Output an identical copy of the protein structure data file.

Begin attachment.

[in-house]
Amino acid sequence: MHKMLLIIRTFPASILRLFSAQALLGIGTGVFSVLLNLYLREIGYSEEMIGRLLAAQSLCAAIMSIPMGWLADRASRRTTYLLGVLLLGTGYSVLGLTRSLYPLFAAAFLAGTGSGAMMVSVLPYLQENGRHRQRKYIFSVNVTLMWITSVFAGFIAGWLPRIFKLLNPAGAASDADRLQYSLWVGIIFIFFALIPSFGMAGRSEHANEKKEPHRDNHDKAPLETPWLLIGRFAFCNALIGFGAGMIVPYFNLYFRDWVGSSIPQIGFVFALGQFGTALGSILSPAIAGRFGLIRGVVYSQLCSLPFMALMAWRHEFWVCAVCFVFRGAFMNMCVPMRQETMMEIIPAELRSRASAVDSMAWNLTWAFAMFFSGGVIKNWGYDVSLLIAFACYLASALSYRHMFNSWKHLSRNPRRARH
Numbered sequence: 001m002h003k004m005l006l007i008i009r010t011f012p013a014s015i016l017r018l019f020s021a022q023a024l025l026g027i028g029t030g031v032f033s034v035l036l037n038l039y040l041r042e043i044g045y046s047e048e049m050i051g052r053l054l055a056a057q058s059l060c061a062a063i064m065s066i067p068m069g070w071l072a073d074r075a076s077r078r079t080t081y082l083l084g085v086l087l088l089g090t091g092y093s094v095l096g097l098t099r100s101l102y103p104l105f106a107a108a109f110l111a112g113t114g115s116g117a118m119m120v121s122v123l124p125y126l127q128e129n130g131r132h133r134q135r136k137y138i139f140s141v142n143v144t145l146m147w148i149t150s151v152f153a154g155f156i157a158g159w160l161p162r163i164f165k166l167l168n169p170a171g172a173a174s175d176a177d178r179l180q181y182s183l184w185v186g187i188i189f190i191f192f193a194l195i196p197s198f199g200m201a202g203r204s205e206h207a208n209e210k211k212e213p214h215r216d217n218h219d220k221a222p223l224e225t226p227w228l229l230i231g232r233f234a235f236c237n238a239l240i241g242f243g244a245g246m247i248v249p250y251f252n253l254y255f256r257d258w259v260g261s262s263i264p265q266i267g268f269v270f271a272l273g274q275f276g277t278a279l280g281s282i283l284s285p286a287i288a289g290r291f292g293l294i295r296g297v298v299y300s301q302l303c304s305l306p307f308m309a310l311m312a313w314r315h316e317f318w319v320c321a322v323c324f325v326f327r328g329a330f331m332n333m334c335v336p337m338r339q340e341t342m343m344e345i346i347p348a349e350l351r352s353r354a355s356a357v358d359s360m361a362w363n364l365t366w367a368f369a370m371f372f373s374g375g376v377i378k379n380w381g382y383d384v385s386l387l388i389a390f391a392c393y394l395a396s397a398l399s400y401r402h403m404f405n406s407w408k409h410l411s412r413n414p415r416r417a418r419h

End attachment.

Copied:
[in-house]
Amino acid sequence: MHKMLLIIRTFPASILRLFSAQALLGIGTGVFSVLLNLYLREIGYSEEMIGRLLAAQSLCAAIMSIPMGWLADRASRRTTYLLGVLLLGTGYSVLGLTRSLYPLFAAAFLAGTGSGAMMVSVLPYLQENGRHRQRKYIFSVNVTLMWITSVFAGFIAGWLPRIFKLLNPAGAASDADRLQYSLWVGIIFIFFALIPSFGMAGRSEHANEKKEPHRDNHDKAPLETPWLLIGRFAFCNALIGFGAGMIVPYFNLYFRDWVGSSIPQIGFVFALGQFGTALGSILSPAIAGRFGLIRGVVYSQLCSLPFMALMAWRHEFWVCAVCFVFRGAFMNMCVPMRQETMMEIIPAELRSRASAVDSMAWNLTWAFAMFFSGGVIKNWGYDVSLLIAFACYLASALSYRHMFNSWKHLSRNPRRARH
Numbered sequence: 001m002h003k004m005l006l007i008i009r010t011f012p013a014s015i016l017r018l019f020s021a022q023a024l025l026g027i028g029t030g031v032f033s034v035l036l037n038l039y040l041r042e043i044g045y046s047e048e049m050i051g052r053l054l055a056a057q058s059l060c061a062a063i064m065s066i067p068m069g070w071l072a073d074r075a076s077r078r079t080t081y082l083l084g085v086l087l088l089g090t091g092y093s094v095l096g097l098t099r100s101l102y103p104l105f106a107a108a109f110l111a112g113t114g115s116g117a118m119m120v121s122v123l124p125y126l127q128e129n130g131r132h133r134q135r136k137y138i139f140s141v142n143v144t145l146m147w148i149t150s151v152f153a154g155f156i157a158g159w160l161p162r163i164f165k166l167l168n169p170a171g172a173a174s175d176a177d178r179l180q181y182s183l184w185v186g187i188i189f190i191f192f193a194l195i196p197s198f199g200m201a202g203r204s205e206h207a208n209e210k211k212e213p214h215r216d217n218h219d220k221a222p223l224e225t226p227w228l229l230i231g232r233f234a235f236c237n238a239l240i241g242f243g244a245g246m247i248v249p250y251f252n253l254y255f256r257d258w259v260g261s262s263i264p265q266i267g268f269v270f271a272l273g274q275f276g277t278a279l280g281s282i283l284s285p286a287i288a289g290r291f292g293l294i295r296g297v298v299y300s301q302l303c304s305l306p307f308m309a310l311m312a313w314r315h316e317f318w319v320c321a322v323c324f325v326f327r328g329a330f331m332n333m334c335v336p337m338r339q340e341t342m343m344e345i346i347p348a349e350l351r352s353r354a355s356a357v358d359s360m361a362w363n364l365t366w367a368f369a370m371f372f373s374g375g376v377i378k379n380w381g382y383d384v385s386l387l388i389a390f391a392c393y394l395a396s397a398l399s400y401r402h403m404f405n406s407w408k409h410l411s412r413n414p415r416r417a418r419h